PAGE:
Thursday, July 8, 2010

Justice Delayed

Ninety days have elapsed since Justice John Paul Stevens submitted his letter of resignation to the President on April 9, 2010. Thirty days later, on May 10, the President nominated Elena Kagan to fill the vacancy. An additional sixty days have passed and the seat remains vacant. How long does it take to fill a Supreme Court vacancy? A recent Congressional Research Service report, Speed of Presidential and Senate Actions on Supreme Court Nominations, 1900-2010, examines the nomination-and-confirmation process (from when the President first learned of a vacancy to final Senate action). It concluded that the process has generally taken almost twice as long for nominees after 1980 than for nominees in the previous 80 years. From 1900 to 1980, the entire process took a median of 59 days; from 1981 through 2009 (when the most recent Supreme Court appointment was completed), the process took a median of 111.5 days.

A Wall Street Journal article, Supreme Court Nomination Timelines, which has a timeline of the confirmation process for the current court, says that Justice Clarence Thomas had the longest process from nomination to confirmation at 107 days, but his nomination was slowed by the harassment allegations of Anita Hill. John Paul Stevens had the swiftest process at just 19 days from his nomination to Senate confirmation.

Since 1980 Presidents have moved more quickly in announcing nominees after learning of vacancies (a median of 18 days compared with 34 days before 1980). But the Senate portion of the process (i.e., from the nomination announcement to final Senate action) now appears to take much longer than before (a median of 80.5 days from 1981 through 2009, compared with 17 days from 1900 through 1980). Most notably, the amount of time between the nomination announcement and first Judiciary Committee hearing has more than quadrupled--from a median of 12.5 days (1900-1980) to 50.5 days (1981-2009). The confirmation of Supreme Court Justice Sonia Sotomayor in 2009 illustrated the lengthier overall time frame for recent Supreme Court appointments. Forty-eight days elapsed between President Barack Obama's announcement of Sotomayor's selection and the start of Judiciary Committee hearings on the nomination. The entire interval from the time at which the President apparently first learned of the vacancy until final Senate consideration lasted 97 days.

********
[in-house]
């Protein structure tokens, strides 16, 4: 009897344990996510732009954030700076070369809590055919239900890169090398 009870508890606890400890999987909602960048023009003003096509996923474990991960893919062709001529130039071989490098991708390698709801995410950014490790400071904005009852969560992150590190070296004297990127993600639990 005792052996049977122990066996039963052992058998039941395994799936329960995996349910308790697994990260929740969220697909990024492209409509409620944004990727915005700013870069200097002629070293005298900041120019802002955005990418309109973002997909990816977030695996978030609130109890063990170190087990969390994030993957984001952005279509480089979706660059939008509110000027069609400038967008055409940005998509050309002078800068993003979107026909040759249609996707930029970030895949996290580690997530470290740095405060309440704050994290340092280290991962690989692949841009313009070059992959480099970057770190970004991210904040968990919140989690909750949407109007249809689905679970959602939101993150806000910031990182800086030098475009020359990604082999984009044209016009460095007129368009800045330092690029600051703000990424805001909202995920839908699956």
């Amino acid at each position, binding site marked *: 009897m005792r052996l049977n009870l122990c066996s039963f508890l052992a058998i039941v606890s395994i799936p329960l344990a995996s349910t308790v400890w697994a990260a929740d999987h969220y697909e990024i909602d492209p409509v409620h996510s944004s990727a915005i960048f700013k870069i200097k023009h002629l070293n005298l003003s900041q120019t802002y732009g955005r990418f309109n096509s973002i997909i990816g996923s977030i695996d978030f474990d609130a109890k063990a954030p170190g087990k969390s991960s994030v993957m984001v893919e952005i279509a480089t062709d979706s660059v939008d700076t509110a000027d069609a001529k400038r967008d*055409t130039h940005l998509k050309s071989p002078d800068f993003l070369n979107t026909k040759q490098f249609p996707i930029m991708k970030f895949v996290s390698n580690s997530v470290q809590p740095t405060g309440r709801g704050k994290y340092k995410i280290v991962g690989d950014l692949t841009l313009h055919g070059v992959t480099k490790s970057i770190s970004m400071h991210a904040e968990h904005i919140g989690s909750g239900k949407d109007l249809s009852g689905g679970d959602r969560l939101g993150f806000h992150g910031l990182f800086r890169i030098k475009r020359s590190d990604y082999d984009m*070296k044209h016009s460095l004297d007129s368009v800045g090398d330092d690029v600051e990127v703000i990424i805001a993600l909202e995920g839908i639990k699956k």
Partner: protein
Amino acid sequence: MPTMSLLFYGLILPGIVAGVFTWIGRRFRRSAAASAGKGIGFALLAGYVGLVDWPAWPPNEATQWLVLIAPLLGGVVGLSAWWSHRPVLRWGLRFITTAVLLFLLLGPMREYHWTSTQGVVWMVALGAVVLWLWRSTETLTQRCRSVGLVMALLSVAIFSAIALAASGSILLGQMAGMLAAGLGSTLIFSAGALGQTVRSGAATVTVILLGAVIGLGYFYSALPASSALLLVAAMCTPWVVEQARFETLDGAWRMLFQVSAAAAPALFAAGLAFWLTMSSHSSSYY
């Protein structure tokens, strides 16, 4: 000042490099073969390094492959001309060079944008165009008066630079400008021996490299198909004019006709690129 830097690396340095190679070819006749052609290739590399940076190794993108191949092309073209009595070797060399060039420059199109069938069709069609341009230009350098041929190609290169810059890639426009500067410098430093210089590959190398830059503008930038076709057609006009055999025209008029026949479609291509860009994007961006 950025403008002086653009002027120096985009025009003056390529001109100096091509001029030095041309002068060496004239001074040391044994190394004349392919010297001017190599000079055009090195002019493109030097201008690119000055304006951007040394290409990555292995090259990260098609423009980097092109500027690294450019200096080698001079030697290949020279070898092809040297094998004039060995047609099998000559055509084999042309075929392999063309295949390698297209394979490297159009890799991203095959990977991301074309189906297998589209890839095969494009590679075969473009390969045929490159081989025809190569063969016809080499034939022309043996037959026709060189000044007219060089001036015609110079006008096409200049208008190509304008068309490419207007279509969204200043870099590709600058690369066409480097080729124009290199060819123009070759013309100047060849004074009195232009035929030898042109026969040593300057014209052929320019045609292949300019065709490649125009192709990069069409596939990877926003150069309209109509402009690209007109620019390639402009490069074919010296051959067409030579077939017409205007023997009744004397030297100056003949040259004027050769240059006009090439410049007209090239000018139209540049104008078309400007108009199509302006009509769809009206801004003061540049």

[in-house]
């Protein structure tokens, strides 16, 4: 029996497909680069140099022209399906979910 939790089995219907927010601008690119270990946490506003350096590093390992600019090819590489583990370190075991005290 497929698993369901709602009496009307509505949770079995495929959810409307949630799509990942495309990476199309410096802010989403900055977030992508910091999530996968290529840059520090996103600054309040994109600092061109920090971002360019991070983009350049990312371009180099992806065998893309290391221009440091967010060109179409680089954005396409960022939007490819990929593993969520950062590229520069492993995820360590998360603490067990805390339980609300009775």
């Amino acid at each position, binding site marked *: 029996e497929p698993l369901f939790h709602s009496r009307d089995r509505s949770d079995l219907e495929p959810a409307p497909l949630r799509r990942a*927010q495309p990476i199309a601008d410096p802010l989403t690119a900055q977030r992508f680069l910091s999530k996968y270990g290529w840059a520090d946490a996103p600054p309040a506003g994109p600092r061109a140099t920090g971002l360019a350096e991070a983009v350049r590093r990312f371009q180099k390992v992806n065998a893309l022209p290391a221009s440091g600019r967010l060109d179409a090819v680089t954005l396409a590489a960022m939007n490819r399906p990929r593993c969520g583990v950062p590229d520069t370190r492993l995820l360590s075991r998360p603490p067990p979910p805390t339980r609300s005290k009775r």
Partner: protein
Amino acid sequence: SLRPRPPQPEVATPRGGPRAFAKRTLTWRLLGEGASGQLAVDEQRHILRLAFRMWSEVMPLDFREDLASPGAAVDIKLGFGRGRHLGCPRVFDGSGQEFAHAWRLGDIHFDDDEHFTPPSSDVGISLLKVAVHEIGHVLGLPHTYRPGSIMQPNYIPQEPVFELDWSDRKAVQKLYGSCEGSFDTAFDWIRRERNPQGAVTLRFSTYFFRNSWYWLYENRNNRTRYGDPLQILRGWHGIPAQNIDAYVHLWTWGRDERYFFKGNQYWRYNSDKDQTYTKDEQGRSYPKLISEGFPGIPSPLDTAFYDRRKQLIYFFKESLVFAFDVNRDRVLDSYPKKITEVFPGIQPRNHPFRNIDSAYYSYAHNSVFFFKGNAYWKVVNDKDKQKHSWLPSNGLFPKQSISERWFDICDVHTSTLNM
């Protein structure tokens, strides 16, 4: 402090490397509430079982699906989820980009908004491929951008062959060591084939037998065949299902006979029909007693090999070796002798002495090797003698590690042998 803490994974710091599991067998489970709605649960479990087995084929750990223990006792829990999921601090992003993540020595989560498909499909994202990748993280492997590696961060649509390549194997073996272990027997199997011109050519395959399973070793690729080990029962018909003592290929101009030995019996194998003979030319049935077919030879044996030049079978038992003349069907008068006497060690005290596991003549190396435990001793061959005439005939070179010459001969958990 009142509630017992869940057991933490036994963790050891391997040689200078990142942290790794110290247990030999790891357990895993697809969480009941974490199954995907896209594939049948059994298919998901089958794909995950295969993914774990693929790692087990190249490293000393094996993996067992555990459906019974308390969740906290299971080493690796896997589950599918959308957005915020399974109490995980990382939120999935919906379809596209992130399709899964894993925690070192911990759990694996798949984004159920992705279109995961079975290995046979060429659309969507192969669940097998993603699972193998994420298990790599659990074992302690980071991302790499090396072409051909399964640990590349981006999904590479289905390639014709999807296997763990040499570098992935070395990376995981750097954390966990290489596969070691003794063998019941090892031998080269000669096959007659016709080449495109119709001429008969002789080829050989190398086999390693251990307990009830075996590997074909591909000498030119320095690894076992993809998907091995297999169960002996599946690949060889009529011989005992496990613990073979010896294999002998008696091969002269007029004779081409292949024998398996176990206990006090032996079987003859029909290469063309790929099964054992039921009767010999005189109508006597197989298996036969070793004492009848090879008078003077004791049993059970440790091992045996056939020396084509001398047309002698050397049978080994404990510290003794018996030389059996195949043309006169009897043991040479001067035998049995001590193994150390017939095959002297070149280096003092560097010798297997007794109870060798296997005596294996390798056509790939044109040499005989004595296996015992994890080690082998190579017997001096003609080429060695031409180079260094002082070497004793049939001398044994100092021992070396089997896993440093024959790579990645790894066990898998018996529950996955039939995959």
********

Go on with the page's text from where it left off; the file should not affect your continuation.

Now that the Senate Judiciary Committee has held its hearings on the Kagan nomination, it is expected to vote in favor of her nomination when the Senate returns from its recess on July 12. When the Committee forwards the nomination to the Senate for an eventual confirmation vote, perhaps by August 6, the last day before the Senate takes its month-long August recess break, the process for the Kagan nomination will have lasted close to 120 days.

For further reading on the history of the appointment process for the Supreme Court, the Brooklyn Law School Library has in its collection Justices, Presidents, and Senators: a History of the U.S. Supreme Court Appointments from Washington to Bush II by Henry J. Abraham (Call #KF8742 .A72 2008), a history of the 110 members of the Court. Justice Sotomayor is the 111th Justice on the Court. If confirmed, Elena Kagan will be the 112th Justice.

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